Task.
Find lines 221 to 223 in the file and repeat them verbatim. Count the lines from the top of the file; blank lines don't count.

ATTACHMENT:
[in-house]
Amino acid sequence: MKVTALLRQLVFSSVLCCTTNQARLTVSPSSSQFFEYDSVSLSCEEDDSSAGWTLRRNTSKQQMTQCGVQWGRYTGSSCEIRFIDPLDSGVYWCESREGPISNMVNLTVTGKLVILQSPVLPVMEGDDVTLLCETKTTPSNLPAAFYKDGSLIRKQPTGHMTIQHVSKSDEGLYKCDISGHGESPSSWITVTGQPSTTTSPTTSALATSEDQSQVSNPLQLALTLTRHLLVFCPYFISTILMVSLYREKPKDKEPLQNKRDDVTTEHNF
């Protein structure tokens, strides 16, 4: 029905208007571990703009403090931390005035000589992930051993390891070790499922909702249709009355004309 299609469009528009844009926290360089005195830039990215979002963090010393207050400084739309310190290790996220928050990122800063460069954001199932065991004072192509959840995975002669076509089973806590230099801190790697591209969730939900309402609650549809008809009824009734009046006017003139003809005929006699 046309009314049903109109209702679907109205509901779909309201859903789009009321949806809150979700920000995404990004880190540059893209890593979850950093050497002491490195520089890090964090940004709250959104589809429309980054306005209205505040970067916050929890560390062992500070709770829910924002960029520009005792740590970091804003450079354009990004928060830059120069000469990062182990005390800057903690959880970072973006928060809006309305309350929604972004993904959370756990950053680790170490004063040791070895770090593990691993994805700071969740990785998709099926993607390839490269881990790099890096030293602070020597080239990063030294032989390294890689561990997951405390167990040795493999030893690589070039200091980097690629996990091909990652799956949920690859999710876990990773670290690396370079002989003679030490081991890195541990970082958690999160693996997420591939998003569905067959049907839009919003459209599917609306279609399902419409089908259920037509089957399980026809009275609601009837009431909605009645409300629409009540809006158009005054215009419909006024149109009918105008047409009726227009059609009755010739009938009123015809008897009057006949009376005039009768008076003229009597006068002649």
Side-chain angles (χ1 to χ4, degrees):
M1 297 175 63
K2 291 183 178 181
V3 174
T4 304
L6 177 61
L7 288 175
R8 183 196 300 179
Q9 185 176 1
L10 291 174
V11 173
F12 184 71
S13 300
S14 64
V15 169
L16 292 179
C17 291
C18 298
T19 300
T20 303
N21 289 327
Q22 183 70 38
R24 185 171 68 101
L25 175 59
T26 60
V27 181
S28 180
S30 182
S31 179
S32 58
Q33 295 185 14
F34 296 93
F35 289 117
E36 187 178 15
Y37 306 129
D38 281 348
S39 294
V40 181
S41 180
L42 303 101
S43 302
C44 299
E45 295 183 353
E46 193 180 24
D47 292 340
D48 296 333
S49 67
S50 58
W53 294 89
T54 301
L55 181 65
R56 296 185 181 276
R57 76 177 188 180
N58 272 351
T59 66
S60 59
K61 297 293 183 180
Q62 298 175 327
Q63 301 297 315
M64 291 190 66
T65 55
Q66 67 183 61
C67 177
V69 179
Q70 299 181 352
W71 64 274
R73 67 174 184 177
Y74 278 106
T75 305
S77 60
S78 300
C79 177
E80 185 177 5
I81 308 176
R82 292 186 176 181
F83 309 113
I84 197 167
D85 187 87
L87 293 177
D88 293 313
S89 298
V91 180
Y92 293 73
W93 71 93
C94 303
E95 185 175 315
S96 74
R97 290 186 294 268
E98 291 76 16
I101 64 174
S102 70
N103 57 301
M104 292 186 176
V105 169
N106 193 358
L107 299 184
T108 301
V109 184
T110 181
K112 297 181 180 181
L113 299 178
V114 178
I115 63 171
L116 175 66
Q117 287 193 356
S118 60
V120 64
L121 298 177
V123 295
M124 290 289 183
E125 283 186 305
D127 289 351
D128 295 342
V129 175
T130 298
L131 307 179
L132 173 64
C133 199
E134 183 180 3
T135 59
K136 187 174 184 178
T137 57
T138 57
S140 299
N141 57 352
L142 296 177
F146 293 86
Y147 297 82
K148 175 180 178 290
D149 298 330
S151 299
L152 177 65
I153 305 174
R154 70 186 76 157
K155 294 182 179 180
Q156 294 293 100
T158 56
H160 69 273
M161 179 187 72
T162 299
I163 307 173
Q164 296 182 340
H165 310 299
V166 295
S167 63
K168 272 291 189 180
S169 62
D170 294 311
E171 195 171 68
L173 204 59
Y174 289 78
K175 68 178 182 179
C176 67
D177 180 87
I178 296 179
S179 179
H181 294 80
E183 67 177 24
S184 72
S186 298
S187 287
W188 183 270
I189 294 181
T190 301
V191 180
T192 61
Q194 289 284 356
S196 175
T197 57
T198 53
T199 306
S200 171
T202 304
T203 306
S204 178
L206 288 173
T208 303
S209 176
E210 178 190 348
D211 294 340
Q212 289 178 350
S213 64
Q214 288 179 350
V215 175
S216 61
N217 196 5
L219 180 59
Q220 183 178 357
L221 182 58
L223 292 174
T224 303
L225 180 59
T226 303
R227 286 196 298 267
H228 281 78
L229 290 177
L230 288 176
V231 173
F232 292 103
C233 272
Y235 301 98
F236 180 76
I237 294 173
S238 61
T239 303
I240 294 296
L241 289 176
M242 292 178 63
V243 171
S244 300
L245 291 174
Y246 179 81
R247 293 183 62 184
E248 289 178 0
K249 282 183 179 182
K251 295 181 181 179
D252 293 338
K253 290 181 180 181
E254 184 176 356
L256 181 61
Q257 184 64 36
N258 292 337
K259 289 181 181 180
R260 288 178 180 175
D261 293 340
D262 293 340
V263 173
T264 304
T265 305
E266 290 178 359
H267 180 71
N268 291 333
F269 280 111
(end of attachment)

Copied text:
K253 290 181 180 181
E254 184 176 356
L256 181 61